Study explores factors that shape patients’ quality of life

Clinical and demographic factors, not coping strategies, are key determinants

Marisa Wexler, MS avatar

by Marisa Wexler, MS |

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People with Parkinson’s disease tend to have different coping strategies depending on factors such as age, gender, and education, a new study shows.

Findings suggest that differences in demographic and clinical factors, but not differences in coping strategies, are the main factors that determine patients’ quality of life, according to the study “Determinants of coping styles of people with Parkinson’s Disease,” published in npj Parkinson’s Disease.

Coping strategies refer to actions that people take in order to deal with stressful situations. Coping strategies can be very broadly characterized as active or passive. Active strategies, such as asking for help, aim to confront the stressful problem head-on, whereas passive strategies such as avoidance or denial aim to distance the person from the problem.

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Prior studies of Parkinson’s patients have suggested that patients who use more passive strategies tend to report worse life quality. However, people don’t develop coping strategies out of nowhere. The strategies a person uses to deal with stress are informed by a lifetime of unique experiences, and there hasn’t been much research into which factors tend to be associated with different coping strategies for Parkinson’s patients.

Scientists in Europe conducted a study to learn more.

“It is unknown to what extent the choice of a coping strategy depends on how someone assesses the situation (s)he is confronted with and the available resources and the influence of the severity of their PD [Parkinson’s disease],” the researchers wrote. “We therefore aimed to assess the interplay of coping behavior of people with PD with different social demographics and disease-related characteristics. The second aim was to investigate to what extent the choice of coping strategy affects the health-related quality of life (QoL) of a person with PD.”

The scientists analyzed data from 935 people with Parkinson’s disease. The average patient age was 71 years, and 39% identified as women. The majority of patients were retired, most were married and/or living with a partner, and most had received some education beyond high school.

Ways of Coping Questionnaire

To evaluate coping strategies, the participants completed a standardized assessment called the Ways of Coping Questionnaire (WCQ). The researchers then used statistical analyses to cluster the WCQ scores, looking for groups of patients that reported broadly similar strategies.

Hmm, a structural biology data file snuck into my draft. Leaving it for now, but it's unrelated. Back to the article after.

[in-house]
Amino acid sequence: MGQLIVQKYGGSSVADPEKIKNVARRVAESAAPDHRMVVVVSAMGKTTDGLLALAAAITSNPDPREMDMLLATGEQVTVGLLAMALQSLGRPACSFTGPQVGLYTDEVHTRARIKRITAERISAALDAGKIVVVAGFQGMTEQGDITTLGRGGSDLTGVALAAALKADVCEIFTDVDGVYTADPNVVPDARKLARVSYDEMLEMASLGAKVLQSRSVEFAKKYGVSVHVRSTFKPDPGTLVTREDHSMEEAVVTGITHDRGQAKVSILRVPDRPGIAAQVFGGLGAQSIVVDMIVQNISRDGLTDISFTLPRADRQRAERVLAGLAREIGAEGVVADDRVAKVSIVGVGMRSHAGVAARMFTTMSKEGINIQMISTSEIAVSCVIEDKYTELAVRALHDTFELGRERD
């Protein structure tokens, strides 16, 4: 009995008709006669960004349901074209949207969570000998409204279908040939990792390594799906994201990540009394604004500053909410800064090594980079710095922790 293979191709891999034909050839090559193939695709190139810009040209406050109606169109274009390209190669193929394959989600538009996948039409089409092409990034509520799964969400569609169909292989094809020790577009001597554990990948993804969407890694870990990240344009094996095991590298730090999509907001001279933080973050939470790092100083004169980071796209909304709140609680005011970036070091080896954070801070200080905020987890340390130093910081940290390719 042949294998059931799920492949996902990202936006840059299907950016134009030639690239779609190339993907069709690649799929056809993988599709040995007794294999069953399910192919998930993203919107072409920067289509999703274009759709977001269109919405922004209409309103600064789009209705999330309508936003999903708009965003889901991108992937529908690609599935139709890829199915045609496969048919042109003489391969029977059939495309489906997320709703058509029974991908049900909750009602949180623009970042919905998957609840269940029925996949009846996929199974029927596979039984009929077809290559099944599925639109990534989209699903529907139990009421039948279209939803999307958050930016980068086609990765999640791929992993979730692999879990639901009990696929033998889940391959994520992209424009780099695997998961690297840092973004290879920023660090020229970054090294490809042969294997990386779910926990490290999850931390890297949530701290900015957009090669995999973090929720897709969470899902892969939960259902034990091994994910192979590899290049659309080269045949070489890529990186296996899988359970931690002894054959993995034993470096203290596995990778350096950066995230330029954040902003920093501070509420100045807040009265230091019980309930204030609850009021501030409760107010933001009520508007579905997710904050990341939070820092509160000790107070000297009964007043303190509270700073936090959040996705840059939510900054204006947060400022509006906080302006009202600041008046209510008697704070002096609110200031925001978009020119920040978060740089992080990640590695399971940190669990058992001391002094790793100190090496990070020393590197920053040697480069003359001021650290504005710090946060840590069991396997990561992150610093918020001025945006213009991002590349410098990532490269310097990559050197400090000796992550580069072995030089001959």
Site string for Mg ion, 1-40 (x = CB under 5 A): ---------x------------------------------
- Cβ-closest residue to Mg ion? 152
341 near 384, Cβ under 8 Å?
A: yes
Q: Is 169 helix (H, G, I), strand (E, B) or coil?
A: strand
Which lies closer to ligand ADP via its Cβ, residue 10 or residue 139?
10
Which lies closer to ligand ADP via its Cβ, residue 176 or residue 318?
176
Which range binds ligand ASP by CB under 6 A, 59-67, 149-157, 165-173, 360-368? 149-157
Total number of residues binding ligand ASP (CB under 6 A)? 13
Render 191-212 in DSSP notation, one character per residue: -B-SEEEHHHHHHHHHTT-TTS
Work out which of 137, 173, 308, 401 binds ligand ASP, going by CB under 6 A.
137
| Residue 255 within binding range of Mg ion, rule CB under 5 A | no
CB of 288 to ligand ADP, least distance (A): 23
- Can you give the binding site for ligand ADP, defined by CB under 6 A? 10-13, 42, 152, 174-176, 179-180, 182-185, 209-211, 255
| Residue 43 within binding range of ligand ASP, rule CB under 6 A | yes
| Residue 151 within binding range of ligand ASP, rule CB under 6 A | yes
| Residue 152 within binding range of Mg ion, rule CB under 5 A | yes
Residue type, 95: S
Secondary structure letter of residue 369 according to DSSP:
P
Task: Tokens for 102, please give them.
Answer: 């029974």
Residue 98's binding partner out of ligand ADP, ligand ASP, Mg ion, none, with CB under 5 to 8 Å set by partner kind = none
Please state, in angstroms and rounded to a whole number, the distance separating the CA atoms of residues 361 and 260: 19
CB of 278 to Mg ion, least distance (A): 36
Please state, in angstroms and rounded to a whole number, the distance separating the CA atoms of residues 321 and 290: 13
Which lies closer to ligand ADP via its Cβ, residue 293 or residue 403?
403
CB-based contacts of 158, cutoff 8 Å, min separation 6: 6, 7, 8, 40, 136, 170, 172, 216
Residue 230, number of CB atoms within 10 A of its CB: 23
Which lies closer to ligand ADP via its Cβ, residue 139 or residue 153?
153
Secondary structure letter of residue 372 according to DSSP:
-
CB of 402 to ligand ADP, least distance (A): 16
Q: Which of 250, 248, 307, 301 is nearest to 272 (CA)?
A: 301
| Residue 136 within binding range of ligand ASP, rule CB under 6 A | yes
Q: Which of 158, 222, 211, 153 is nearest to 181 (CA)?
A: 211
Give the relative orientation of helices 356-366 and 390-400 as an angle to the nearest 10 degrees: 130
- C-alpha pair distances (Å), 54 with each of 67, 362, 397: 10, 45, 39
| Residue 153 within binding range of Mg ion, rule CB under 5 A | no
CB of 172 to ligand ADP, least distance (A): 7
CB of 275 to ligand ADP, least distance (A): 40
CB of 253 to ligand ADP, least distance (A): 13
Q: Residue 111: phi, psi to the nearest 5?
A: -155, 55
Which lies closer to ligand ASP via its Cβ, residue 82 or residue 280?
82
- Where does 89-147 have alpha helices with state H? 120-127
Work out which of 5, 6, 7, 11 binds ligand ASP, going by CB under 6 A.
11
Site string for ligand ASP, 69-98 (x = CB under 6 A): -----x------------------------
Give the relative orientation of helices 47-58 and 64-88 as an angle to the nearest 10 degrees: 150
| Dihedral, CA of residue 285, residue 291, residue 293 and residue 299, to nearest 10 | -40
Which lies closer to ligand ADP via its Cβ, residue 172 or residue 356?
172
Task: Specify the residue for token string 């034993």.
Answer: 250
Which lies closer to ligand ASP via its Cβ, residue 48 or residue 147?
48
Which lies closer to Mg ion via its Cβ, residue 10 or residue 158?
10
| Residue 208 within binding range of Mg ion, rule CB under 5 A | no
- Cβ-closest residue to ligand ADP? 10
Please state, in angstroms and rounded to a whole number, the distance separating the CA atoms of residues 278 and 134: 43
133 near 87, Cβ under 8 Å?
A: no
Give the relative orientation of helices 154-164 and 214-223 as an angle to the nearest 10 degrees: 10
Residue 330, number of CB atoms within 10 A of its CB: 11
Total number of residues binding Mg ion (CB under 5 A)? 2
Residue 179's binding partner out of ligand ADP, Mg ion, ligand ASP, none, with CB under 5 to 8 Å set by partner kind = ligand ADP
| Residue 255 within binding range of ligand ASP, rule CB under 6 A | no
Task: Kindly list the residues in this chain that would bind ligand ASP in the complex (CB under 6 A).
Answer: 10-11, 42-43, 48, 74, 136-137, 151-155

Results revealed five general groups of coping strategies, which the researchers dubbed “taking action and emphasizing the positive,” “distancing and fantasizing,” “goal oriented and planful problem solving,” “seeking social support,” and “avoidance and acceptance.”

Analyzing the data

Further analyses showed these groups varied according to demographic factors such as age, gender, and education level, as well as mental health factors like anxiety and depression. For example, patients who were younger or reported more anxiety were more likely to fall into support-seeking strategies, whereas patients with more formal education were more likely to report goal-oriented behaviors. Women were more likely to distance themselves.

Patients’ quality of life was assessed via the Parkinson’s disease questionnaire (PDQ-39). The researchers used statistical models to look for factors associated significantly with life quality scores. Results showed relatively minimal associations between coping strategies and PDQ-39 scores. Instead, life quality scores showed stronger associations with demographic characteristics and measures of Parkinson’s severity.

“Overall [quality of life] is more strongly determined by clinical and demographic factors than coping styles,” the researchers concluded. They noted that associations between life quality and coping strategies were stronger when measures of anxiety and depression were excluded from the statistical models, which they said makes sense given that people with anxiety and/or depression may be more prone to certain coping strategies.

The researchers noted several limitations in this study. For example, patients were assessed at only one point in time, and the analyses did not include data on important factors like cognitive function, social support, and severity of non-motor symptoms.

The team highlighted a need for further research into how Parkinson’s patients cope with stress. “Knowing an individual’s choice of coping strategy makes it easier for health care professionals to tailor care to the unique needs of a person with PD,” they said.